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How powerful is the Prime Minister?

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How powerful is the Prime Minister? It is important to distinguish between competing interpretations of prime ministerial power: 'The Cabinet Government View' (Jones 1985) stresses the existence of collective decision-making. According to this view the Prime Minister is merely 'primus inter pares' and rules through consensus and inclusive participation. 'The Prime Ministerial Government View' (Hennessy 1995/Foley 2000), this view stresses the dominance of the Prime Minister over the cabinet, his party and the civil service. -'The theory of the Core Executive' (Rhodes 1995), this view stresses the pluralistic nature of decision-making. The old debate between supporters of the traditional Cabinet Government View and the Prime Ministerial Government view is sterile, evidence can be found to support both views. And the distinction often hinges on the question of personality (e.g. the difference between Major and Blair). ...read more.


This process was accelerated by Thatcher and increased by Blair, this has helped in the formation of 'The theory of Presidential Leadership'. Here, Foley describes how party politics has been transcended by the 'spatial leadership' of the Prime Minister. The Prime Minister has populist appeal to voters who tend to identify with leader rather than party. The Prime Minister (and his senior ministers) now possesses privileges traditionally enjoyed by the monarch in the Royal prerogative, allowing the Prime Minister the power to call elections, dissolve Parliament, pardon criminals and declare war among other things. There has also been a sharp increase in the number on non-ministerial appointments and an influx in special advisors at Downing Street. Blair, like Thatcher, was keen to bring in advice from the private sector, as demonstrated with is close alliance on powerful advisors such as Alistair Campbell and Jonathan Powell. ...read more.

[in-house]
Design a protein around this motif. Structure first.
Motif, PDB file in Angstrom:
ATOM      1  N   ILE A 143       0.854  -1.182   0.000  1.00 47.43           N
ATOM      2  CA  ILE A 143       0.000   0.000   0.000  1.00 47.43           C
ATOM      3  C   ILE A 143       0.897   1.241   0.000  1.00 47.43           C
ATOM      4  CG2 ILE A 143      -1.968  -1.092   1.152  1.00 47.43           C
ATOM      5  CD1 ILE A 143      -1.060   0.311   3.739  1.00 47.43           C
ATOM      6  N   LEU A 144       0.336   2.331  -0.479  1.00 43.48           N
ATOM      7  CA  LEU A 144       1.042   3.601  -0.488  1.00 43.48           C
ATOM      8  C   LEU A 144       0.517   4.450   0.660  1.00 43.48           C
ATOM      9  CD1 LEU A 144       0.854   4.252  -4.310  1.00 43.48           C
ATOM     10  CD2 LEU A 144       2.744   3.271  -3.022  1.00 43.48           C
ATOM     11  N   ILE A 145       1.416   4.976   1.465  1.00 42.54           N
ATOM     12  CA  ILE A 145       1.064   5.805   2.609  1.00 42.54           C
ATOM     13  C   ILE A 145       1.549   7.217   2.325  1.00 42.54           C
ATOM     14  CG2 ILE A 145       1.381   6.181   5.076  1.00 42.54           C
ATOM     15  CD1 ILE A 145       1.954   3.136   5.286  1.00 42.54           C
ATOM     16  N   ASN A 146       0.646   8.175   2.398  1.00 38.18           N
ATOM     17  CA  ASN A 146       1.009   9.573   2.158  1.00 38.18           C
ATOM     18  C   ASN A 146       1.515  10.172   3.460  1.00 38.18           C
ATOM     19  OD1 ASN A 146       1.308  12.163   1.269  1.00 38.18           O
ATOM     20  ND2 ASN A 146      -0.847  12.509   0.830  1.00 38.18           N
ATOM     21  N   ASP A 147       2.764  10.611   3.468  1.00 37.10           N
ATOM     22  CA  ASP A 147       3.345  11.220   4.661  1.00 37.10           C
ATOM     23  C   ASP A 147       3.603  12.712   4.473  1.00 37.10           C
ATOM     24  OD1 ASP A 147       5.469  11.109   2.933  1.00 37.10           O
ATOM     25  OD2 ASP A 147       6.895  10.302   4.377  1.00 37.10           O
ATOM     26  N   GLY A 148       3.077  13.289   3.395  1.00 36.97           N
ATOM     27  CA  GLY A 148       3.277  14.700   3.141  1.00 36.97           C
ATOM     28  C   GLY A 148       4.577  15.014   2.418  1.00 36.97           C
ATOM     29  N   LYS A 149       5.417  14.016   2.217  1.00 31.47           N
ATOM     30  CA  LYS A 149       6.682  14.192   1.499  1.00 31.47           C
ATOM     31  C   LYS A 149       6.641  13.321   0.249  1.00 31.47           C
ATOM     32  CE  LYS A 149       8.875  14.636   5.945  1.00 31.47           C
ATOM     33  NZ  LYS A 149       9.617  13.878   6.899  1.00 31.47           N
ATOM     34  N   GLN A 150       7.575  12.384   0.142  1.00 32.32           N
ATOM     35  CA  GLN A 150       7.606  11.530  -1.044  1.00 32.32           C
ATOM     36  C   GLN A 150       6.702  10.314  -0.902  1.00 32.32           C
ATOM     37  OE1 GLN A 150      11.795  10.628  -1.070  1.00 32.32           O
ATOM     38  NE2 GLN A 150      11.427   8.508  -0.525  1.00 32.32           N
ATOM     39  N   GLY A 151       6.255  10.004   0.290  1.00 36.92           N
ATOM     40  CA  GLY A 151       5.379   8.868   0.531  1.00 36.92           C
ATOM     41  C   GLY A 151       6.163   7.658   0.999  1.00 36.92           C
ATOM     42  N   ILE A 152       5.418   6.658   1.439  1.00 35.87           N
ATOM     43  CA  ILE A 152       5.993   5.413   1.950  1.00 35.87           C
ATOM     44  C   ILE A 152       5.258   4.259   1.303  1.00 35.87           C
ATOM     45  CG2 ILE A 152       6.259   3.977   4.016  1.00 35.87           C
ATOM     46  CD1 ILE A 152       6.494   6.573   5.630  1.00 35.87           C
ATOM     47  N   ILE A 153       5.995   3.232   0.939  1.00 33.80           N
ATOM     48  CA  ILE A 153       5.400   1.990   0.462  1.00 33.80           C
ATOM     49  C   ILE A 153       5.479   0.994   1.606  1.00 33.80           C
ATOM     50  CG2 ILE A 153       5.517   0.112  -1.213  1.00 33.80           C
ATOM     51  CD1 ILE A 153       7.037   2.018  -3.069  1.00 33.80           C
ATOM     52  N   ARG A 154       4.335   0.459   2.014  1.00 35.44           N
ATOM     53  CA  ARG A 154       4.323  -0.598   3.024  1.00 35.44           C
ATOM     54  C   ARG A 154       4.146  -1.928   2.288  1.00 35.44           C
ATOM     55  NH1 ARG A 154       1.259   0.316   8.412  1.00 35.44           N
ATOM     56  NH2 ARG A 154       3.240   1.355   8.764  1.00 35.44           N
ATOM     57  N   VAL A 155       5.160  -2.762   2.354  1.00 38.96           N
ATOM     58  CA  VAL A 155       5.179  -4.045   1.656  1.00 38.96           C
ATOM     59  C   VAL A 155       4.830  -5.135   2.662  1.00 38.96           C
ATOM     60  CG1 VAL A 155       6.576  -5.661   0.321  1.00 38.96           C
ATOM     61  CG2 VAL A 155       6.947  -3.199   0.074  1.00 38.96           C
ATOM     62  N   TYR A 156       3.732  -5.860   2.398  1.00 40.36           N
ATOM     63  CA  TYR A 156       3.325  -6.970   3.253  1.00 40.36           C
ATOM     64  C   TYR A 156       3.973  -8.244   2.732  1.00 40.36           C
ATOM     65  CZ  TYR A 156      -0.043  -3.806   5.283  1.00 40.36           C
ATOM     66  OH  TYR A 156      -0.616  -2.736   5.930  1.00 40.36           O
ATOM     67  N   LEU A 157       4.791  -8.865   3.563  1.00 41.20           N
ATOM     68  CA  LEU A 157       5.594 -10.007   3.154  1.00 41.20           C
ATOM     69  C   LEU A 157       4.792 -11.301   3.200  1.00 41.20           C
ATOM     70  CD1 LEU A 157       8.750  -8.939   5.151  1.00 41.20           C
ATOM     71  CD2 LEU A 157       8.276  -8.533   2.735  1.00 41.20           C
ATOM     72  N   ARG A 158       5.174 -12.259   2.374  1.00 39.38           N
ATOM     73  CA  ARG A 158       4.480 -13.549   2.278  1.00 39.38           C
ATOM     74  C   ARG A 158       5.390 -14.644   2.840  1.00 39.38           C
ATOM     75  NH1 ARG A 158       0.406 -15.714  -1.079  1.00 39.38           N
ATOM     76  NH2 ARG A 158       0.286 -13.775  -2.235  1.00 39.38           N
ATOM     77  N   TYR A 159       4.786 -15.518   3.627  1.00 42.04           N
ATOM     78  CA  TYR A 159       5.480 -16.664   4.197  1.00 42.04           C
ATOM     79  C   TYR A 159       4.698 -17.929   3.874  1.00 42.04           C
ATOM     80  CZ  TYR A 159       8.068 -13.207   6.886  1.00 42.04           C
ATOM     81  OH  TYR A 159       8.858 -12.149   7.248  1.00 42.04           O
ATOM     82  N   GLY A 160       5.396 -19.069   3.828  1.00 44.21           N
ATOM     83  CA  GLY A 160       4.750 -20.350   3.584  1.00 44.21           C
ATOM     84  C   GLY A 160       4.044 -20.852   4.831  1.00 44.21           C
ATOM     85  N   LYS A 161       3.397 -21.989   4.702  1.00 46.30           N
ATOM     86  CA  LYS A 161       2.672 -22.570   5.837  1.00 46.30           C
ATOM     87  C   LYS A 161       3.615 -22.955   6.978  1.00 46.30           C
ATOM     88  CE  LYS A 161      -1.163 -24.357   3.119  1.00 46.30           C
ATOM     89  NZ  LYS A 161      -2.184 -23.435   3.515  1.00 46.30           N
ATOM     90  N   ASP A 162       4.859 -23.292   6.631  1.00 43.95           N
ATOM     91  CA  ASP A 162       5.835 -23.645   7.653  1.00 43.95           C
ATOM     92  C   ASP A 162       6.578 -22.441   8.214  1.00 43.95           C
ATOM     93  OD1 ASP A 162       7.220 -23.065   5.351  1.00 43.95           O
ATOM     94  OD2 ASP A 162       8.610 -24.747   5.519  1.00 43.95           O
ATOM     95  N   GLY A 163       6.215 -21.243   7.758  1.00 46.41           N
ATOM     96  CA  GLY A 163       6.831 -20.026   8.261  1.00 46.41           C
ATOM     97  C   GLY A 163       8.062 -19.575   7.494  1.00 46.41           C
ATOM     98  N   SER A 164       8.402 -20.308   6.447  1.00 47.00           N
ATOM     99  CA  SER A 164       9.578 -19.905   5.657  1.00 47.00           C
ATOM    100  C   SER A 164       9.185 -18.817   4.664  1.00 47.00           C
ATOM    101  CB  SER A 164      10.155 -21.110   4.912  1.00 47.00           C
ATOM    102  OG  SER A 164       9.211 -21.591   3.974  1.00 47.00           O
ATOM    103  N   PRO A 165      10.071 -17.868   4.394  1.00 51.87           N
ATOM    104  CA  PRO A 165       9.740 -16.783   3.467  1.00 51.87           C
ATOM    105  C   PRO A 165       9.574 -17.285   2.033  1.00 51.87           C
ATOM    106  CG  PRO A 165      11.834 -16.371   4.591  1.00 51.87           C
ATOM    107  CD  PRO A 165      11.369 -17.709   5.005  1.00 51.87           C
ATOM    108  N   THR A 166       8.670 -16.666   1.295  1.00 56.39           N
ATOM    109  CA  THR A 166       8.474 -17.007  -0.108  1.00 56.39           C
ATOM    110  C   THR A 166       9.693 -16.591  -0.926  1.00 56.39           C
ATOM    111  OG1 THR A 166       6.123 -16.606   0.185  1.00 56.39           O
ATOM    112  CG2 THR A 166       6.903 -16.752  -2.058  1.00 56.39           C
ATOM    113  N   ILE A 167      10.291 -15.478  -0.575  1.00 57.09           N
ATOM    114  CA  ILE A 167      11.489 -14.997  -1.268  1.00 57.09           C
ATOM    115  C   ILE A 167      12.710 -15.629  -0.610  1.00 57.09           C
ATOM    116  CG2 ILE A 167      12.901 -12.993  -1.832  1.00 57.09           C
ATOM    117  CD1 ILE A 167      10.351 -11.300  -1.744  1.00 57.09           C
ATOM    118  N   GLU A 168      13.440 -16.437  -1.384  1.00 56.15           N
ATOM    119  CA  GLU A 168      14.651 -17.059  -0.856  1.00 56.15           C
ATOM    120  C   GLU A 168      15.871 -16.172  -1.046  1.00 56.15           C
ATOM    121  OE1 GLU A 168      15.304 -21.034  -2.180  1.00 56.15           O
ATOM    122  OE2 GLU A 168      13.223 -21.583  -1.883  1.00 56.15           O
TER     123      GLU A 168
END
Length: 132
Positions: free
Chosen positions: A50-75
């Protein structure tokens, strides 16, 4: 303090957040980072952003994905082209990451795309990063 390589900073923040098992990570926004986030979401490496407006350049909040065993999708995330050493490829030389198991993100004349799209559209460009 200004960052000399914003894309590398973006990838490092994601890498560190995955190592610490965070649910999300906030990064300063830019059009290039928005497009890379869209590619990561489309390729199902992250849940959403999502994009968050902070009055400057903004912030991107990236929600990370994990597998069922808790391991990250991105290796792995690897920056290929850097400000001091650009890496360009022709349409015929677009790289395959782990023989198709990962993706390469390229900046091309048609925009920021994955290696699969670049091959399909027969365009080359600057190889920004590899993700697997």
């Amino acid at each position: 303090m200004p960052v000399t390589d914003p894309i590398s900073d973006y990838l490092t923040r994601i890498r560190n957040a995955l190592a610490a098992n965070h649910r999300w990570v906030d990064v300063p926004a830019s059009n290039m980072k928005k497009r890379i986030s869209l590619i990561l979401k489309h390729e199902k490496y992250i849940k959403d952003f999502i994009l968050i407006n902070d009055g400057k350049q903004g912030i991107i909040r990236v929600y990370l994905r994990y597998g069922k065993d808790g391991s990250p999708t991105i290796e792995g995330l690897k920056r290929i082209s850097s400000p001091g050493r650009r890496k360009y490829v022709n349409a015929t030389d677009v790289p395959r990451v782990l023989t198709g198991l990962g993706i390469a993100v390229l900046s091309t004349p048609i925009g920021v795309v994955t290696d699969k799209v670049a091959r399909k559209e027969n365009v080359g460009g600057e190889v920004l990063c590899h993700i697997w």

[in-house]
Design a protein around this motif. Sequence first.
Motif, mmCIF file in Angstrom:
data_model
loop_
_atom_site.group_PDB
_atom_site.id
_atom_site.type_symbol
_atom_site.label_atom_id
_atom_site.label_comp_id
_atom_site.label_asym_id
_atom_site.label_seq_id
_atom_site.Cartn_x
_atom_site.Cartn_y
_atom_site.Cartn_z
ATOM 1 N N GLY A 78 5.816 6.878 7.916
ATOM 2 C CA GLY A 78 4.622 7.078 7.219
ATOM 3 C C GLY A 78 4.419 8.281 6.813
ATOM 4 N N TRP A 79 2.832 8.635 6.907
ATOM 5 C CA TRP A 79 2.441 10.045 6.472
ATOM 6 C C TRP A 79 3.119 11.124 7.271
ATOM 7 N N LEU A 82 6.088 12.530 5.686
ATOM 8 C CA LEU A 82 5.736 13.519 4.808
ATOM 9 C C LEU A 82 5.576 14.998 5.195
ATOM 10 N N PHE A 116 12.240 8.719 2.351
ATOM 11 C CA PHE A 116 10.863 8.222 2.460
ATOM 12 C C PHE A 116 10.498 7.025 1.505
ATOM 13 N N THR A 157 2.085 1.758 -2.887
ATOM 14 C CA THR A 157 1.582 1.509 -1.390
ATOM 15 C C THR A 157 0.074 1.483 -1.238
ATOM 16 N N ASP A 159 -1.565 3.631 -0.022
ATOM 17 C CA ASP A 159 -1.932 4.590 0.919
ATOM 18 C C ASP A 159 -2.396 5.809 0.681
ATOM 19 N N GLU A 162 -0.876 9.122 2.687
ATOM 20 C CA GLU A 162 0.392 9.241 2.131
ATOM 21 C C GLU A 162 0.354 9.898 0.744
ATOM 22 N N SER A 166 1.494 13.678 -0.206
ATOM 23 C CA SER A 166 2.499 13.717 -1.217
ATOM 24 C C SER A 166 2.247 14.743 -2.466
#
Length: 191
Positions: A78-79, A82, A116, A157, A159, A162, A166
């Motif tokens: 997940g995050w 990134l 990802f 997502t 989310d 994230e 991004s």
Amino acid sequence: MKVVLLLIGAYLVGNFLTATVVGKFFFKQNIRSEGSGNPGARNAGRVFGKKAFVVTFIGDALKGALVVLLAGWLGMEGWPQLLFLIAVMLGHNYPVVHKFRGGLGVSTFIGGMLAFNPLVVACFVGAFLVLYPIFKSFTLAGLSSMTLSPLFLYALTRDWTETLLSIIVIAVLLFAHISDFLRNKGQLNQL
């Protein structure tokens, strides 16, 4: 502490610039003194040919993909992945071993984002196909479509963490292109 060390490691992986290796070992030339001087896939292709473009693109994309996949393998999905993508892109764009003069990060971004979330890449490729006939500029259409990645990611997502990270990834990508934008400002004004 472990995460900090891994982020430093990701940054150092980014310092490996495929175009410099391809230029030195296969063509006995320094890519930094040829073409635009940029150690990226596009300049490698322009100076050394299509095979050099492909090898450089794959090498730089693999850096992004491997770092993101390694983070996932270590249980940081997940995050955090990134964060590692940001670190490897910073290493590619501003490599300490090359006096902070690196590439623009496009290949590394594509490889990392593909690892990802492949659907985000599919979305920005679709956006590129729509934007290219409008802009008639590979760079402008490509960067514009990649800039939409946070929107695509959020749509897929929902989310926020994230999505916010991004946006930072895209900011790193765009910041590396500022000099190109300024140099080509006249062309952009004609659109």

Similarly, the Civil Services' influence in determining government is vast (due to permanence, neutrality, Unity anonymity). Moreover external factors/pressures can also constrain the Prime Minister's powers such as the economic climate and the Government's popularity etc. The dispersal of decision-making power to other key actors in the core executive (such as the Bank of England) have reduced the power concentrated in the Prime Minister's hands. Finally, the influence of corporate interests/pressure groups on Government policy cannot be underestimated, as seen with the NFU's influence during the Foot and Mouth Crisis. There is clear evidence of the Prime Minister's power, but also the many constraints on that power. The importance of personality is great, but this must be measured against the objective factors afore-mentioned. The Prime Minister is only one individual and cannot control the entire system. Instead, we might conclude that he/she plays a strategic role and increasingly serves as the focal point of government and popular expectations. ...read more.

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